I think most of you new beekeepers, and probably many of the older ones as well, have been drawn to bees not only for the fascinating window into the natural world they offer, but because you are aware of the challenges the bees face and you want to help. Help meant getting a colony or two of bees, maybe more. Along with those came a commitment to their management, watching out for their welfare, protecting them from danger. Frequently this required some heavy lifting in the hot sun, but we’ve all done it, maybe grumbled a bit, but we’ve done it, because it was necessary.
What I’m attaching is some heavy lifting of another kind, the kind you do with your brain. This is an exceptionally candid interview with Graham White, environmental educator and small scale beekeeper from Scotland. This interview will undoubtedly ruffle some feathers, but in my view, almost without exception these are feathers that should have been ruffled long ago. I believe Graham has done this not so much to criticize as to exhort us all to do better, his intentions are positive, not negative. We all need to listen closely to what he says here. smooth out our feathers and give some thought to what we can do better.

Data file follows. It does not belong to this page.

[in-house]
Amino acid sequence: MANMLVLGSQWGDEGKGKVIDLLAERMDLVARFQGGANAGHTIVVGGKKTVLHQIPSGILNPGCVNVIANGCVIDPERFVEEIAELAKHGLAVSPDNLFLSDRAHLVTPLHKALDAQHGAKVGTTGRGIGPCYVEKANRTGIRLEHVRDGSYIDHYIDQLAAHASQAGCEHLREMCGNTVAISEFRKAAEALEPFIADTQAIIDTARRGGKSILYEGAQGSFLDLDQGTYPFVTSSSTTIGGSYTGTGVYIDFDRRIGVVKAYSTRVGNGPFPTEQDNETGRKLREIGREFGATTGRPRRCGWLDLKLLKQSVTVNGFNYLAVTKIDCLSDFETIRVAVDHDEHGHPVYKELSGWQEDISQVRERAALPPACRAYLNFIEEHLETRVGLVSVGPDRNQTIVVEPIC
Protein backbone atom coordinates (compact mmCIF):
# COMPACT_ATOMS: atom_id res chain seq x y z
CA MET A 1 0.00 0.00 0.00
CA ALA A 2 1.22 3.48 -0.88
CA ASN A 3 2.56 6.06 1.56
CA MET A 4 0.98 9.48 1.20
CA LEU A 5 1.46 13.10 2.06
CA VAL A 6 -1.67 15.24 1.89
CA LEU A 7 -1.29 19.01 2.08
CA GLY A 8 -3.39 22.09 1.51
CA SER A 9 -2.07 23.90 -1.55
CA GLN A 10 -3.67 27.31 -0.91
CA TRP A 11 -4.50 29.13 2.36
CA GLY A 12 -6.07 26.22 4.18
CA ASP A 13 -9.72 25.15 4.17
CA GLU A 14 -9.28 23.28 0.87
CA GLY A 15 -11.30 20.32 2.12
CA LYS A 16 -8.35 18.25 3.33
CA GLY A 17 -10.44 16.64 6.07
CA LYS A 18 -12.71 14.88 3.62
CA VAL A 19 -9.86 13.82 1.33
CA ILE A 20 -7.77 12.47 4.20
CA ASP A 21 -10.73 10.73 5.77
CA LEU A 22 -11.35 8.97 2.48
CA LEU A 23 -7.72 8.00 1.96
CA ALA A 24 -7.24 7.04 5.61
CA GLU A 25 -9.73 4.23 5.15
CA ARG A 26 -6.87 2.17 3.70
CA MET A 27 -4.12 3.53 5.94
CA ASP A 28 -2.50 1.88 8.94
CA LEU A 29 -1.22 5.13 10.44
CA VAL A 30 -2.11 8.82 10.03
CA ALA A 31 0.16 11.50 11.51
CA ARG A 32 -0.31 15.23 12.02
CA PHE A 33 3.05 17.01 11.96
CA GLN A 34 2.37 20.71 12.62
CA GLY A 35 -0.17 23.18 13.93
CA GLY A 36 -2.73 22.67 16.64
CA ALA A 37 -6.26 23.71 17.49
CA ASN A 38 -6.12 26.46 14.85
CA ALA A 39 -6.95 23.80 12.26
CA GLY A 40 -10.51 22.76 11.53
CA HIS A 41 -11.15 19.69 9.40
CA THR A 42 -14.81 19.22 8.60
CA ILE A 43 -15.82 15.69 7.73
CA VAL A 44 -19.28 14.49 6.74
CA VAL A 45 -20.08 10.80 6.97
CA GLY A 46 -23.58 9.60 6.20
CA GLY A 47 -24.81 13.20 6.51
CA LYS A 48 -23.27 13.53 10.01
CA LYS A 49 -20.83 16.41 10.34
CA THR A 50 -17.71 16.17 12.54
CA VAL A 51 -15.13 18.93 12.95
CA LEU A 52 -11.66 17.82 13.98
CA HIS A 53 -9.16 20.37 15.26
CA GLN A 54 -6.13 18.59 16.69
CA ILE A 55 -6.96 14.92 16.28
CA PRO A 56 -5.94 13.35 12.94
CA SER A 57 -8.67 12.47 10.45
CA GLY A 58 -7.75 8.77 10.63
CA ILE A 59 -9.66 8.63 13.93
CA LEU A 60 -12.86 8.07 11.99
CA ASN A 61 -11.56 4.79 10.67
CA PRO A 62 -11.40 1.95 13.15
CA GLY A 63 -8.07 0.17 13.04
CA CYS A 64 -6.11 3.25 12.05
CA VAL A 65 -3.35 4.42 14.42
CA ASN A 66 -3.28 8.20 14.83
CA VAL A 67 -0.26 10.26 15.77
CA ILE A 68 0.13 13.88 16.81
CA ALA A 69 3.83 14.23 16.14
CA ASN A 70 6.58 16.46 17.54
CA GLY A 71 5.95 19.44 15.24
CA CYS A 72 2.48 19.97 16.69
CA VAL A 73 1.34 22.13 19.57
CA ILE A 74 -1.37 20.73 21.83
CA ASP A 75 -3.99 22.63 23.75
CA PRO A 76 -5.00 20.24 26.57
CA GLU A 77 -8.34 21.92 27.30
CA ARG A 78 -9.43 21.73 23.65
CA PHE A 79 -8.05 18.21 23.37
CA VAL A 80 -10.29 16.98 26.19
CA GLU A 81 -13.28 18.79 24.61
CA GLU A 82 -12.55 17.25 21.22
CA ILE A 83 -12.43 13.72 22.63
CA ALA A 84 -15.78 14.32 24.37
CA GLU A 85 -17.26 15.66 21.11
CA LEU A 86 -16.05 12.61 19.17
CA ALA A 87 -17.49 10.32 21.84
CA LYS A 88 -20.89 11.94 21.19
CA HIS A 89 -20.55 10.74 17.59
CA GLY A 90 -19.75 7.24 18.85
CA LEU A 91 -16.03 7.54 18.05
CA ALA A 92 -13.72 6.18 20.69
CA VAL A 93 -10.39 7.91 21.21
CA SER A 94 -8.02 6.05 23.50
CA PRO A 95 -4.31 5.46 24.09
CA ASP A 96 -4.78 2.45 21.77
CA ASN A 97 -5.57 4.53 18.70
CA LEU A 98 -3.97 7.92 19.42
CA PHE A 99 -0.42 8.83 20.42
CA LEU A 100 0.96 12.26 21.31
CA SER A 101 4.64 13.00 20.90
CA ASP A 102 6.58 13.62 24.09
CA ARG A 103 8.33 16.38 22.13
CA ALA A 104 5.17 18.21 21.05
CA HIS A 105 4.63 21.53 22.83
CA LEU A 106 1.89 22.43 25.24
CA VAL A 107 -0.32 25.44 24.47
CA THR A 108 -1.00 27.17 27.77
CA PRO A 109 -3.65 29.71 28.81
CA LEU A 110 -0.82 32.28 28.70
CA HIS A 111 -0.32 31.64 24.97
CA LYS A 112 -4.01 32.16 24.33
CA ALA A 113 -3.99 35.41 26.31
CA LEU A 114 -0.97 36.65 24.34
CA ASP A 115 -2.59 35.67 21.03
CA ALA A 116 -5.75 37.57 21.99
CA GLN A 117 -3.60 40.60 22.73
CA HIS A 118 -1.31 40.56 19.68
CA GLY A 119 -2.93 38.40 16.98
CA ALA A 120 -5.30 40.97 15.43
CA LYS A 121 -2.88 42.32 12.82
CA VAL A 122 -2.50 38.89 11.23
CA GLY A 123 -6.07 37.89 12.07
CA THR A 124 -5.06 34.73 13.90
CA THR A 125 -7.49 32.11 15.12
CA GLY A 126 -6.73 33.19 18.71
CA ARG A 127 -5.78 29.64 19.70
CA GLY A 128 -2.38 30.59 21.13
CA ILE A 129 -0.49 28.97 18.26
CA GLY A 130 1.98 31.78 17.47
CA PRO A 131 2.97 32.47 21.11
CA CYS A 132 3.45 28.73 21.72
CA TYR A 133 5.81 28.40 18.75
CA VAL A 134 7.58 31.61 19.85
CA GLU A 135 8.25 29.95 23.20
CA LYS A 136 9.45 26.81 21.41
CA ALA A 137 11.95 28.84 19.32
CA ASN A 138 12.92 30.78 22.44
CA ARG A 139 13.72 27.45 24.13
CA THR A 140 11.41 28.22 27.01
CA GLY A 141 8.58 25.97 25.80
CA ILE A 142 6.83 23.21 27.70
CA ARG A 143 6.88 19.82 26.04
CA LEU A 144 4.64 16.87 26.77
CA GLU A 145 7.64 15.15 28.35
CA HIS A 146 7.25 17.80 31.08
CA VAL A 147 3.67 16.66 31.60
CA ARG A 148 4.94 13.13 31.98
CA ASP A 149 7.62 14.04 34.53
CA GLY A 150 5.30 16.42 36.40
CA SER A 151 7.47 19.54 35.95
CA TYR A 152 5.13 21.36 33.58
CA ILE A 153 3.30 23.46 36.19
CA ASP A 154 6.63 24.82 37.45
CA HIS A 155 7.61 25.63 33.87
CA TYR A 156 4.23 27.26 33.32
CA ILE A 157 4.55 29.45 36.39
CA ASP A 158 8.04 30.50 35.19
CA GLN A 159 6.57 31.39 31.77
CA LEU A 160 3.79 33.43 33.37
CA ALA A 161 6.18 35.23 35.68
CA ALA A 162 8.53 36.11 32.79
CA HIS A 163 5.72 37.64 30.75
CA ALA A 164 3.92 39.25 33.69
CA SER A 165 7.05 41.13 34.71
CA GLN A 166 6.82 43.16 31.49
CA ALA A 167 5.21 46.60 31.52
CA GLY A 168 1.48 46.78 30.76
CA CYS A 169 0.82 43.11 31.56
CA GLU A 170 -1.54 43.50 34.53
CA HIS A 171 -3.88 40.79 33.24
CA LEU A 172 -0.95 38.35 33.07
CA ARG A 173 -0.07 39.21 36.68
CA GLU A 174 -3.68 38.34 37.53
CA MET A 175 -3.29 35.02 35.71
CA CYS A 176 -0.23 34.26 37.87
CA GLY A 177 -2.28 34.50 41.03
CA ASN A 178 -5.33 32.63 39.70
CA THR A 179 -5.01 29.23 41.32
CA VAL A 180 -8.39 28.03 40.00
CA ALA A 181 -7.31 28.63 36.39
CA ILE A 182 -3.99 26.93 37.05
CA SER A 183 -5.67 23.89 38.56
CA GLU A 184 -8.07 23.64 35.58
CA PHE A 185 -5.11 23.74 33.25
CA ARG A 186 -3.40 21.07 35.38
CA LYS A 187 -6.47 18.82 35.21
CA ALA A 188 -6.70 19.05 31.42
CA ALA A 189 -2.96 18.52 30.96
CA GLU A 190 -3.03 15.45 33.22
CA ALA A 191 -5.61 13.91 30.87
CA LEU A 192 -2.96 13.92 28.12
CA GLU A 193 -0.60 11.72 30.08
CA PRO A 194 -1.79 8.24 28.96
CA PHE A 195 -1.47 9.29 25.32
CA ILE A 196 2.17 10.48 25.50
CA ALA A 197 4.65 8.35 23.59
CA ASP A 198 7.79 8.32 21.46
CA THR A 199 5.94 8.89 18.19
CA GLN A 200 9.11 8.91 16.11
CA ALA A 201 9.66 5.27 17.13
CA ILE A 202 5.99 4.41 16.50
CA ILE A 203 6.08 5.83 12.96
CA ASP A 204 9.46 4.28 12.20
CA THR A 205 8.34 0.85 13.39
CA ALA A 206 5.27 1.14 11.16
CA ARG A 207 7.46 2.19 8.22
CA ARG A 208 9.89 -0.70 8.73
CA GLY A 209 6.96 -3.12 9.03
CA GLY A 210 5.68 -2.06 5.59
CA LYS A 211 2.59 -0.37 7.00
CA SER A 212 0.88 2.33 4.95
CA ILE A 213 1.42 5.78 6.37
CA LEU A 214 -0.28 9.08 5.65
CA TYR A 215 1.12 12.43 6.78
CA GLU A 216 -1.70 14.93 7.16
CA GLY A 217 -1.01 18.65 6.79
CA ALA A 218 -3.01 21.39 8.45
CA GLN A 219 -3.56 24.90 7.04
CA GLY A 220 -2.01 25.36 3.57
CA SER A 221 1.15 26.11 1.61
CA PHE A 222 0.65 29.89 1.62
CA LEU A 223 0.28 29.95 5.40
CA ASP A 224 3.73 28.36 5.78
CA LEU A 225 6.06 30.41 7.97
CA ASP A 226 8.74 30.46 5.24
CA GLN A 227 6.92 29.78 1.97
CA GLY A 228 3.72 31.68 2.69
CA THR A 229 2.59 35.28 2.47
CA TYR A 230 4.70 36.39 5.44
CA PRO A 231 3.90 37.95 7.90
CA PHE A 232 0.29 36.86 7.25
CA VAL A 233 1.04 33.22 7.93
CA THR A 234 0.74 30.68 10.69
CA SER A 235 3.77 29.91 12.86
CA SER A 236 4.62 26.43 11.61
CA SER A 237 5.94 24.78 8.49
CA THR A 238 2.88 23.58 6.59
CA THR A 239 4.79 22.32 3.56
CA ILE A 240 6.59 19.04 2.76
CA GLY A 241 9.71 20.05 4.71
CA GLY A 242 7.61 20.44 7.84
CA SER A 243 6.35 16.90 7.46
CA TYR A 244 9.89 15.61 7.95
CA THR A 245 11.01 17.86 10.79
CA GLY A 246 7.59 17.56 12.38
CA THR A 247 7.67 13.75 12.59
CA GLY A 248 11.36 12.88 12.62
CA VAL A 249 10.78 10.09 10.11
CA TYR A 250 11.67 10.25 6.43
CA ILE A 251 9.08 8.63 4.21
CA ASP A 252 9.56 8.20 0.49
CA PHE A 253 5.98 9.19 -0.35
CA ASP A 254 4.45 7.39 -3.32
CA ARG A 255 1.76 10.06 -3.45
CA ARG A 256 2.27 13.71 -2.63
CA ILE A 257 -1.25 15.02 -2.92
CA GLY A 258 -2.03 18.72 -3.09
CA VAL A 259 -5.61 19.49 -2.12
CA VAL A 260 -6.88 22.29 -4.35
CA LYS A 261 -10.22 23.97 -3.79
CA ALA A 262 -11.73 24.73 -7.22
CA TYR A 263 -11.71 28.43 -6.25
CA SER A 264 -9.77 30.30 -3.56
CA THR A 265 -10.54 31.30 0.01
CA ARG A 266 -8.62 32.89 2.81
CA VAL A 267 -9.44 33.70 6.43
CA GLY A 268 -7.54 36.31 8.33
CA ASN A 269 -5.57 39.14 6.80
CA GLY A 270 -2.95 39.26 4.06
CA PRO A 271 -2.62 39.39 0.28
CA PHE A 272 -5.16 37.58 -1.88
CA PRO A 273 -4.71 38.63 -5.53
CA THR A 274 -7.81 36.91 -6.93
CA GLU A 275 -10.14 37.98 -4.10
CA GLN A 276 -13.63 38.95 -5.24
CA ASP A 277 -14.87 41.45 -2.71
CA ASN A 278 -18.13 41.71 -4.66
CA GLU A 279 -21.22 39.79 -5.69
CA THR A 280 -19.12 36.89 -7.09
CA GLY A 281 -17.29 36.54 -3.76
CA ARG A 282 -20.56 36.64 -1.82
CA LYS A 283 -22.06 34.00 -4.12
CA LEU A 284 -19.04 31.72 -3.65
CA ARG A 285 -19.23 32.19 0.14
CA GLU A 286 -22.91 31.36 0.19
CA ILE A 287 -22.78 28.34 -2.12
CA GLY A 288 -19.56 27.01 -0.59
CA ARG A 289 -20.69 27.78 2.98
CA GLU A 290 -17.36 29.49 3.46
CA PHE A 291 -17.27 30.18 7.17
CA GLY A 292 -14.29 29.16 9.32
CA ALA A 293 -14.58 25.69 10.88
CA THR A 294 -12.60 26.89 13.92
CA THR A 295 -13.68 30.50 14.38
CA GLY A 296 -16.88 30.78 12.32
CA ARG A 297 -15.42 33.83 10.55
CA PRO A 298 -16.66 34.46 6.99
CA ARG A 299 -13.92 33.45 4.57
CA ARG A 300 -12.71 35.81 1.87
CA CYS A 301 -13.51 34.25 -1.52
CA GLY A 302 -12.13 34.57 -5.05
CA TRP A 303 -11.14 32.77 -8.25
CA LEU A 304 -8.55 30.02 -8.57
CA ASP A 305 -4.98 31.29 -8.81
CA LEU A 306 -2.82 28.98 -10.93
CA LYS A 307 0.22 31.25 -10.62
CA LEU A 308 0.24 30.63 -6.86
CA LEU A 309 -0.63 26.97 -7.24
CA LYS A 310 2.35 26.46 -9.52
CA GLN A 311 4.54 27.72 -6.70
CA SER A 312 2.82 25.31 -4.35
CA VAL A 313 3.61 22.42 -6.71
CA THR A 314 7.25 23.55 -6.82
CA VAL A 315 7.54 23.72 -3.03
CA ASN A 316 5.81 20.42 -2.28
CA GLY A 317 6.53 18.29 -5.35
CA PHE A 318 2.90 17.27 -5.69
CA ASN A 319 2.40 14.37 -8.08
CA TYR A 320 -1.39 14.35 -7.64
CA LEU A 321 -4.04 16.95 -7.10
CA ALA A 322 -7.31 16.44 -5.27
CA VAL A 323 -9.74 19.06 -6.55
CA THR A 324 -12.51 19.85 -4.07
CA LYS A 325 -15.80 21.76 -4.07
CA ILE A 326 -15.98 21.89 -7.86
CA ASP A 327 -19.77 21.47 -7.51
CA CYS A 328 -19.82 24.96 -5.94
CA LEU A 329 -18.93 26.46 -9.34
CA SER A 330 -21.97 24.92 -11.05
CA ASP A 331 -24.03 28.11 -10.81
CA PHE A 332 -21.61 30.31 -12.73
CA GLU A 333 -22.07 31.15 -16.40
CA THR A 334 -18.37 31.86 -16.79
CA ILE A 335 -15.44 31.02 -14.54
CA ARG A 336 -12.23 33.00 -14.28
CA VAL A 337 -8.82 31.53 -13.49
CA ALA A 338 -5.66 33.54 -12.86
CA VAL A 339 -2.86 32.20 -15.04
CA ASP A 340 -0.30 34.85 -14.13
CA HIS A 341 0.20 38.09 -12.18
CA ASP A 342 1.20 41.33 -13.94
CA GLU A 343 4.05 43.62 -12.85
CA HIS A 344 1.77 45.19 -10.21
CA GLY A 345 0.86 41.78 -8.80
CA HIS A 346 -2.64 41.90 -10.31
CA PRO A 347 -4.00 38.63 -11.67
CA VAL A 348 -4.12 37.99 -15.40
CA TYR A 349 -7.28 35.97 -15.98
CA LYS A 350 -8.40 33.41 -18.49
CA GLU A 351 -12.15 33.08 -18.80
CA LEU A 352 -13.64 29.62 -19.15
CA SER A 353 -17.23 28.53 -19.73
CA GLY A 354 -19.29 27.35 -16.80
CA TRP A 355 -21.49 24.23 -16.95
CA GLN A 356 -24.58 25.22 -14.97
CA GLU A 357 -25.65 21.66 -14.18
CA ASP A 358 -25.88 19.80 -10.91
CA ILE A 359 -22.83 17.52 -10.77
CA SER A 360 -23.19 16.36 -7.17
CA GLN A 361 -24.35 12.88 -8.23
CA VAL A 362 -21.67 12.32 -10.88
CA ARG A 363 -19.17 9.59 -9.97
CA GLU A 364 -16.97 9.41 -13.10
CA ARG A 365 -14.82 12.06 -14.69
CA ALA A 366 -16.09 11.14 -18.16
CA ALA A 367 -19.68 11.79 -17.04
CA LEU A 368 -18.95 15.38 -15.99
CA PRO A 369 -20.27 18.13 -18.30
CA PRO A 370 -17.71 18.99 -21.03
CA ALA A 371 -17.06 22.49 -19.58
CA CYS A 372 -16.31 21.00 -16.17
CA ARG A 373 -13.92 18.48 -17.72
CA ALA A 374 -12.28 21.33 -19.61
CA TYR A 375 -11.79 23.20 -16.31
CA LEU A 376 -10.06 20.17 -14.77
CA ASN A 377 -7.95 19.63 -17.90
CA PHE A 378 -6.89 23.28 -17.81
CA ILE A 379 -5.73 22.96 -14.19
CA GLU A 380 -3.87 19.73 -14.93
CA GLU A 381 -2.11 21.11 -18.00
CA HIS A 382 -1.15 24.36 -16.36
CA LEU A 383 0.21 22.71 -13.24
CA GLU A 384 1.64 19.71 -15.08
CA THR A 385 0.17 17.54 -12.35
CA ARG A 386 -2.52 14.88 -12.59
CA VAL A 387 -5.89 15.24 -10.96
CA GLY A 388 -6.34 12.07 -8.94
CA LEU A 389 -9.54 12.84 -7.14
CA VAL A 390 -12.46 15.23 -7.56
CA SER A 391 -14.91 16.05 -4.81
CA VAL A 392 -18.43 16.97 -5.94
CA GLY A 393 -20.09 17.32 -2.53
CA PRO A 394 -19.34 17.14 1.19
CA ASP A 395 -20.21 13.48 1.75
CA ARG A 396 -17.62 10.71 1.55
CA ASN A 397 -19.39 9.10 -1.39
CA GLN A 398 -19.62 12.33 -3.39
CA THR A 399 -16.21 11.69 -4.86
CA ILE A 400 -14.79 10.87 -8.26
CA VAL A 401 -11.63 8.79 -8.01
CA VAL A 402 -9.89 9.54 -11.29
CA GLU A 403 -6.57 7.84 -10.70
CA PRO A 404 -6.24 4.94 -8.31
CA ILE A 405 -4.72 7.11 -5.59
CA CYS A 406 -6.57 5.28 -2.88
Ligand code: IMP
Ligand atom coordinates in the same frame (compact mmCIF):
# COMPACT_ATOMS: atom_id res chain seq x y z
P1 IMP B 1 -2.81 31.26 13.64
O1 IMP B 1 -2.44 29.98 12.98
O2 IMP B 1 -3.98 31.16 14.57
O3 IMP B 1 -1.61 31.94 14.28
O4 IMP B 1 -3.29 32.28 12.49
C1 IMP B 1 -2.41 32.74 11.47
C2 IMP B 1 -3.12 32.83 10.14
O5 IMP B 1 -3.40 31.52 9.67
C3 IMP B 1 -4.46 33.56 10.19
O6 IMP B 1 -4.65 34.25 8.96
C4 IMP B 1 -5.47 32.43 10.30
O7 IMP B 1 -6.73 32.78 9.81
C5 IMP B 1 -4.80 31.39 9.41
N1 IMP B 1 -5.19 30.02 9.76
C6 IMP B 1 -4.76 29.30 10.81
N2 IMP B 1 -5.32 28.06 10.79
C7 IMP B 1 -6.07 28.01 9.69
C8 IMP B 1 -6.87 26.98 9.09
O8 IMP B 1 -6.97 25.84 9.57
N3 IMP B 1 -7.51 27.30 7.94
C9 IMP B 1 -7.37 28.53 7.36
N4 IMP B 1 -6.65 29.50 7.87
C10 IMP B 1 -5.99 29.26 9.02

In the spirit of full discloser let me say that Graham and I have developed a warm friendship over the years as we’ve fought these pesticide battles together, at great distance by way of Skype. He has as much insight into and understanding of the neonic problems we face as anyone I know and over the years we have been in agreement far more often than not. The Acres article is the result of several hours of interviewing and by necessity many of the points had to be truncated for space. Despite this, everything Graham has to say merits your slow, thoughtful attention.
At least some beekeepers have to do the heavy lifting or it will only get much worse. Last winter, as near as we can estimate, Boulder County hobbyists lost about 80 percent of their colonies. How much worse should we let it get?